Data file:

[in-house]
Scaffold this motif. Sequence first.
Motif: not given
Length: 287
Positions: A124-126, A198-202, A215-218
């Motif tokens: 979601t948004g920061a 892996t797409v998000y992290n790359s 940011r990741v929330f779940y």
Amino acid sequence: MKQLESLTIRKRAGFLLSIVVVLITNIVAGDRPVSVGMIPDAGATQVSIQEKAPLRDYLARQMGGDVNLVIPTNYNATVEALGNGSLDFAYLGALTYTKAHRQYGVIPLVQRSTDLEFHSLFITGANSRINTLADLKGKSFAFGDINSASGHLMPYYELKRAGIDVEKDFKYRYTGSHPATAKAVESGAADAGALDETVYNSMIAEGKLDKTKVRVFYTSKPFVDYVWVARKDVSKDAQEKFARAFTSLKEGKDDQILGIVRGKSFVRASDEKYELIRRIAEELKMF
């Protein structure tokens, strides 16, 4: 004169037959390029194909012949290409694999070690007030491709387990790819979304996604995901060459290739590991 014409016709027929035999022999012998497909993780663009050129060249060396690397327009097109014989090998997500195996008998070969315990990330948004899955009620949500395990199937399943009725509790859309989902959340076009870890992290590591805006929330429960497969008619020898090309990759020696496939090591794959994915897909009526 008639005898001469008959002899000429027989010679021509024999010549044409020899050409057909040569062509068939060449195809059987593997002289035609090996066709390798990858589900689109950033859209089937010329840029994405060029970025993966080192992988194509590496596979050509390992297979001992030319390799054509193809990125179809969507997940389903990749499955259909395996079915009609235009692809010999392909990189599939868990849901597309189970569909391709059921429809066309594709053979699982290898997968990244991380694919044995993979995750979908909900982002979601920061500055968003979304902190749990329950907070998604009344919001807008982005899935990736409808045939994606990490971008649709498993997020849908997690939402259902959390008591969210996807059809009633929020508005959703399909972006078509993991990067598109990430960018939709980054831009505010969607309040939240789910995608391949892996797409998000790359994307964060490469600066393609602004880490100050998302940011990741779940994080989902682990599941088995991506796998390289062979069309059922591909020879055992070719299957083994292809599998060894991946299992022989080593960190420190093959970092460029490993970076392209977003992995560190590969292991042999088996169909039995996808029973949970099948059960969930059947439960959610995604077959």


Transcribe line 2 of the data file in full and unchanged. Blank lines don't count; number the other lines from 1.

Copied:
Scaffold this motif. Sequence first.